The origin of the Demerara River is comprised in majority by the confluencing of the Kuruduni, Kuruabaru and the Mauri Rivers and lays in the rainforests of the Makari Mountains in the “Upper Demerara-Berbice” region of eastern Guyana. It acts as the dividing line for the regions of “Essequibo islands-West Demerara” to the west and “Demerara-Mahaica” to the east and its flow moves northward eventually spilling into the Atlantic Ocean at Georgetown, the country’s capital.
The last stretch of the Demerara lies in the flat alluvial coastal plain and is host to a great deal of economic activities and trading (mostly sugar); the area is highly populated. This part of the river has a completely man made water management system which was originally engineered by the Dutch to control the movement of water in the low lying regions. The river is of huge local economic importance and large vessels can reach to Linden, Guyana’s second largest town situated more than 100 km upstream from the mouth.
Historically, one of the naturalist explorations of what was then British Guiana in 1840, by supposed scientists such as Richard Schomburgk (brother of the well known explorer Robert), lacked some sense of authentic substance when he was quoted stating “The dense tropical vegetation, with which Georgetown or Demerara was regularly veiled, prevented us from satisfying our inquisitive gaze. We could only see a majestic Lighthouse with its proud summit and the huge locking chimneys of the sugar plantations”. You would think that being a botanist as well as the then curator of the Adelaide Botanic Garden he might have been a little more interested in the vegetation itself rather than what it was obscuring.. but it gives an air of context to the time period, much was to be gained for these white men from these fertile lands… and from their people too.
This specific biotope is a small creek in the east bank Demerara-Mahaica region, between Georgetown and Linden at the borders of the hilly sand and clay belt. The substrate consists predominantly of fine white sand, with some clay and organic matter; a few smaller rocks occur sporadically. This aquarium is dedicated to replicating the densely forested area, hence branches and twigs dominate this scenery.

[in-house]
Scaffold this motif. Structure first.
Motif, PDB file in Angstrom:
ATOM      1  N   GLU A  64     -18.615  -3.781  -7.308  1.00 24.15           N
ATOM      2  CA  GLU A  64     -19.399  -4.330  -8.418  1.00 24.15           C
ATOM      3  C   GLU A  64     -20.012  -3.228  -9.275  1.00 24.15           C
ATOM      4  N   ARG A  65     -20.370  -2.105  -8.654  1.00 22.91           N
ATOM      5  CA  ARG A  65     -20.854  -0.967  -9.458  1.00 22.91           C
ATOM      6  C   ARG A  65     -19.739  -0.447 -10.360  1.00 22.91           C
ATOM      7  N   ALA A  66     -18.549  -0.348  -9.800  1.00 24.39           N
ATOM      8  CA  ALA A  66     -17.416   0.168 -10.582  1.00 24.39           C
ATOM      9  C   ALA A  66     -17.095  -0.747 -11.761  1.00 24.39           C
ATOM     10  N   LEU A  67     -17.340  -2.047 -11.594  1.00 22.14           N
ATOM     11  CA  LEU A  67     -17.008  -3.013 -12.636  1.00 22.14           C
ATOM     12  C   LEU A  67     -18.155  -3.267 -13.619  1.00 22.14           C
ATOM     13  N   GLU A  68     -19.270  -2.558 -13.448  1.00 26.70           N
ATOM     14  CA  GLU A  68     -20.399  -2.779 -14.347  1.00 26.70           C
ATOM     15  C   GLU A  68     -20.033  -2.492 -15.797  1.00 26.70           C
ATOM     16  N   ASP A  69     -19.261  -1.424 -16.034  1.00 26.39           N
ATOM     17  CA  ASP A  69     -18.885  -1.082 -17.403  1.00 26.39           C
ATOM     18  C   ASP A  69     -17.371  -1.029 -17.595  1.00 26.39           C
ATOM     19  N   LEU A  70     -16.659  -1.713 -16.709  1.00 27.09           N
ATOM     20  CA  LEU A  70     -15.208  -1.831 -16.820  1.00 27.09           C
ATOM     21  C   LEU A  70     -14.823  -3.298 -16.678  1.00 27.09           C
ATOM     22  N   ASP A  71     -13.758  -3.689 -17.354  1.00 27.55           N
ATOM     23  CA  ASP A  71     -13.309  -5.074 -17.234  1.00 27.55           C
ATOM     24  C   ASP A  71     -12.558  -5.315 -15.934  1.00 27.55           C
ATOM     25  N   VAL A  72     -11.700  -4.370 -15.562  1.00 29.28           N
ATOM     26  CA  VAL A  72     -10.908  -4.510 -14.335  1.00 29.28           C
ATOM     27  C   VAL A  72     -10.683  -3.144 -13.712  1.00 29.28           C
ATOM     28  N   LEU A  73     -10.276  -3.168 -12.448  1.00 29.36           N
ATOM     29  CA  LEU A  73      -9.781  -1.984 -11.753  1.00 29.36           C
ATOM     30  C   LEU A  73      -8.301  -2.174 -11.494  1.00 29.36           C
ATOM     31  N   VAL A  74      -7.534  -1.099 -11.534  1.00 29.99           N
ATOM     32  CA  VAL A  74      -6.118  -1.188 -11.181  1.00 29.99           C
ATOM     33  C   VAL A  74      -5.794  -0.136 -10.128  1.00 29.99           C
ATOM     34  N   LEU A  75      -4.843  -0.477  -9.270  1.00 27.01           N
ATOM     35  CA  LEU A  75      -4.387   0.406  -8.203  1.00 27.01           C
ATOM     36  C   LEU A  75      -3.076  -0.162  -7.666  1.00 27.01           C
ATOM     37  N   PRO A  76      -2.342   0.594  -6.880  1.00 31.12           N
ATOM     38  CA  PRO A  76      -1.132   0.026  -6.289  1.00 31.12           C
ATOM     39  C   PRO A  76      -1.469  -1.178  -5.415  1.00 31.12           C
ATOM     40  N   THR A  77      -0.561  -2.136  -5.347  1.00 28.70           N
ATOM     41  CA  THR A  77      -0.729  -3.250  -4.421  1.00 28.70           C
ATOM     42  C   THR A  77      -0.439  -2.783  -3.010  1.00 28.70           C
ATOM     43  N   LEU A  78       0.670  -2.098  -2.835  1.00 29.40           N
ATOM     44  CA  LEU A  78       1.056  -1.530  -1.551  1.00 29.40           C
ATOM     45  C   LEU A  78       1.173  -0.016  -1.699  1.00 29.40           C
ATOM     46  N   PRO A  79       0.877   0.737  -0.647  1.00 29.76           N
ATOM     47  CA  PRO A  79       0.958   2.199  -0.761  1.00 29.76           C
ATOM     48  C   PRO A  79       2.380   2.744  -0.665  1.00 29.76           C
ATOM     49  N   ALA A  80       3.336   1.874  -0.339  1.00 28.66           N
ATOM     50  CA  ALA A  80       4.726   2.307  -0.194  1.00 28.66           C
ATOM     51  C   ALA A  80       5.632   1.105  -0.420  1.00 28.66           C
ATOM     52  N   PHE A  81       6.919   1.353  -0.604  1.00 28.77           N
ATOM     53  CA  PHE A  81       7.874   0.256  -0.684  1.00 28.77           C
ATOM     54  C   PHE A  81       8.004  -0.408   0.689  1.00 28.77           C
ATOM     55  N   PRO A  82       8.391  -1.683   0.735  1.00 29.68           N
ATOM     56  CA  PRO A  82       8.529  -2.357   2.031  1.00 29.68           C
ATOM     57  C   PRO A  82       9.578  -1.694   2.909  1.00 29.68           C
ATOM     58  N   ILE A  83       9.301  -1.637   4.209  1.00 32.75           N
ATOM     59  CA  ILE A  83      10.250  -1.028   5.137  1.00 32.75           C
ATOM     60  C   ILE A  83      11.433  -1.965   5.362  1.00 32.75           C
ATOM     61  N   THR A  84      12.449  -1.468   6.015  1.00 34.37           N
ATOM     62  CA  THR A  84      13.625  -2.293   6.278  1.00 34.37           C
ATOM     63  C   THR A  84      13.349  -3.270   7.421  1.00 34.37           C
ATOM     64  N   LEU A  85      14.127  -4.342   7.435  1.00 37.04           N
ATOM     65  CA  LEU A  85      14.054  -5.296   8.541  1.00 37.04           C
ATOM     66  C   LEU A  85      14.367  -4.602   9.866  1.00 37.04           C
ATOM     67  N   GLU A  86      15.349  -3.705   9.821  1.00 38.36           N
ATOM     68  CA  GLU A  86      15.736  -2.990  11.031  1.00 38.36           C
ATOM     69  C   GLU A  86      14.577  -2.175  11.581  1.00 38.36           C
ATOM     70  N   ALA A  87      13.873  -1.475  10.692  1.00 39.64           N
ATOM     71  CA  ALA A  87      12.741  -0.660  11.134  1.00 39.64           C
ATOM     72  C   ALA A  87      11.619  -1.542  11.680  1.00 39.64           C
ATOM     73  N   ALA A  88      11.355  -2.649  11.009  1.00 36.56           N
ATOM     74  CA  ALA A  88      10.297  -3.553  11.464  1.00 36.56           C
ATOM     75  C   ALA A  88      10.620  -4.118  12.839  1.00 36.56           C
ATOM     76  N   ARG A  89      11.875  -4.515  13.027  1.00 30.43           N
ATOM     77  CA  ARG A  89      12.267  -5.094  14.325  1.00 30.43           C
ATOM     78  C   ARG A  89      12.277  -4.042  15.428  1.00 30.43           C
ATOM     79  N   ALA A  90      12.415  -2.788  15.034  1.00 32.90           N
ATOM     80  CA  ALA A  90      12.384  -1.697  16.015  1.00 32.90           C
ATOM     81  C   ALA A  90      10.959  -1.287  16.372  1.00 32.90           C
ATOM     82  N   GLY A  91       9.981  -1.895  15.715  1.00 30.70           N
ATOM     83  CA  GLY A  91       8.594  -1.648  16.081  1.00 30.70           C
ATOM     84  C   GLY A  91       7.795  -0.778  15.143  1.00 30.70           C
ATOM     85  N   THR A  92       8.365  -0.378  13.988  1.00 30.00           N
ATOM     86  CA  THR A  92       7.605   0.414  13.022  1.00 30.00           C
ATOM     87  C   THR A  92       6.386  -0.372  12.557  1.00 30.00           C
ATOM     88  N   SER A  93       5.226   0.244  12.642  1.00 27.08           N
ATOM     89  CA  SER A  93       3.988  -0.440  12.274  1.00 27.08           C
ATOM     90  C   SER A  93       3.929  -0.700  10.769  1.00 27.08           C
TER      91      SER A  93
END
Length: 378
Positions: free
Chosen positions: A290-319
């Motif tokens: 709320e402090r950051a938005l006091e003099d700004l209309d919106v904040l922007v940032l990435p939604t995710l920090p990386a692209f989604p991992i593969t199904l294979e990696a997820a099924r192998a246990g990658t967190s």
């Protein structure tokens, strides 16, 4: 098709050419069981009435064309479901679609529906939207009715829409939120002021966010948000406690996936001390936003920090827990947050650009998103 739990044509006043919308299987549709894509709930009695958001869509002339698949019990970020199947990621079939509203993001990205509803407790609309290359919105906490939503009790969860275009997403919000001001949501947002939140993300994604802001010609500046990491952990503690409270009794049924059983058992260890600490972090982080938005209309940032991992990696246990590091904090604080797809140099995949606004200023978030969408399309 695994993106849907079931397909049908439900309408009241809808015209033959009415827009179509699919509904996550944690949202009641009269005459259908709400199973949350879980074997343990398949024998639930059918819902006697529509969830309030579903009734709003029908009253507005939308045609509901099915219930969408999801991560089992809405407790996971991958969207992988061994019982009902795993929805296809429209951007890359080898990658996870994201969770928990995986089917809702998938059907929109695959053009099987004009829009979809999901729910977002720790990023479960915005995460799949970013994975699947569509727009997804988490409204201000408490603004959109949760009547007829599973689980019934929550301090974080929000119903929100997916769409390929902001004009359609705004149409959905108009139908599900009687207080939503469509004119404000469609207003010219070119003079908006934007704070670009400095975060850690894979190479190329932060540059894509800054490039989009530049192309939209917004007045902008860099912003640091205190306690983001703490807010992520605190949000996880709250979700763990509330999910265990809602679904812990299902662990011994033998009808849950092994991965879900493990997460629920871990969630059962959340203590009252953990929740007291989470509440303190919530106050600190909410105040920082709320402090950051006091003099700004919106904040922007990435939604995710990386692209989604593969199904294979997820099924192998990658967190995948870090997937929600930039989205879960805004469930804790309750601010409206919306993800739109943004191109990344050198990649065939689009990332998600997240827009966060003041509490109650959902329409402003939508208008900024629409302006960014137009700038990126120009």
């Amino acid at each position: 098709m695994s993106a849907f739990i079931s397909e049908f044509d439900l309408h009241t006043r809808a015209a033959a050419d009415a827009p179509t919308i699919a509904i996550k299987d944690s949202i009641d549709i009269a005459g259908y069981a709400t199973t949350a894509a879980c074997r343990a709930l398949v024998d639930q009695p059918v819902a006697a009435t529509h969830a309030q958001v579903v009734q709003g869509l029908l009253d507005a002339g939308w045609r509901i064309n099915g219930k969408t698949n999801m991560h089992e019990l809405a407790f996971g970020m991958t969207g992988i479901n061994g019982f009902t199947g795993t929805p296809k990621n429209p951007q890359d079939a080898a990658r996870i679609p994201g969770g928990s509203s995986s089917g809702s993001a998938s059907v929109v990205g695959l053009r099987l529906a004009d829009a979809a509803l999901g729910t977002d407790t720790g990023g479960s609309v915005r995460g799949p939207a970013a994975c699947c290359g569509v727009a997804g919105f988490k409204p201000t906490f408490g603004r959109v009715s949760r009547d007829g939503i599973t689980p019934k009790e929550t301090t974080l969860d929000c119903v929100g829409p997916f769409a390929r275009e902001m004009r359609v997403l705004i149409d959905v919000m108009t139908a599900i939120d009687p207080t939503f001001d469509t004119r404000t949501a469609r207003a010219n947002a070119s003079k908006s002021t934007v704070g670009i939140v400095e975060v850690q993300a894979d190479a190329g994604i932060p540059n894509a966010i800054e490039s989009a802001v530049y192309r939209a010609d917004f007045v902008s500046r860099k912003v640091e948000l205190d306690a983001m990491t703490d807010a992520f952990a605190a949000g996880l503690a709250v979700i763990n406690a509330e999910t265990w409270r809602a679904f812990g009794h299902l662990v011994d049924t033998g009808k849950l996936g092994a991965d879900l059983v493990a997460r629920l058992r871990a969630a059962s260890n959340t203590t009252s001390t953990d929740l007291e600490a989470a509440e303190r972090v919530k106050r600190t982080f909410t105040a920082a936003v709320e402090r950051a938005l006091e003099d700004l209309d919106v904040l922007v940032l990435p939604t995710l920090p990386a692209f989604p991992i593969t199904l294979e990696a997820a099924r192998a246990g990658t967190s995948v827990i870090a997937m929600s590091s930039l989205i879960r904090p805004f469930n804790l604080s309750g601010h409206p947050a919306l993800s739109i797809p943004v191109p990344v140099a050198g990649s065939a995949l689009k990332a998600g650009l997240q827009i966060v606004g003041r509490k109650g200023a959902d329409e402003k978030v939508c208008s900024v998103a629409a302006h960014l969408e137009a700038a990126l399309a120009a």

Water of this biotope is tea coloured and quite clear. The average temperature is 26°C, with only little variation due to the tropical climate and the overhanging forest. Water is typically soft and acidic. TDS 10-15 mg/l.
Nannacara anomala, several Nannostomus sp., Pristella maxillaris, Apistogramma steindachneri, Rineloricaria fallax, Crenuchus spilurus, Carnegiella strigata, Hemigrammus rodwayi, Hyphessobrycon eques, Crenicichla sp., Cleithracara maroni and many other fishes live here.
In this specific biotope no plants occur, due to the dense forest. In the broader region: Nymphaea sp., Nymphoides indica, Cabomba aquatica, Salvinia auriculata, Ludwigia sp., Utricularia, Eleocharis sp., Pistia stratoites, Elodea sp., Mayaca sp.
Nowadays, the water quality of the lower Demerara is really poor and influenced by multiple pressures like untreated household effluents, agricultural activities and mining activities (bauxite, gold and diamonds); there is even a project to reconstruct a dam on the river.
Luckily enough the more upstream part of the river is in better quality (for now) and the smaller affluents in the forested region of the basin are in good quality too.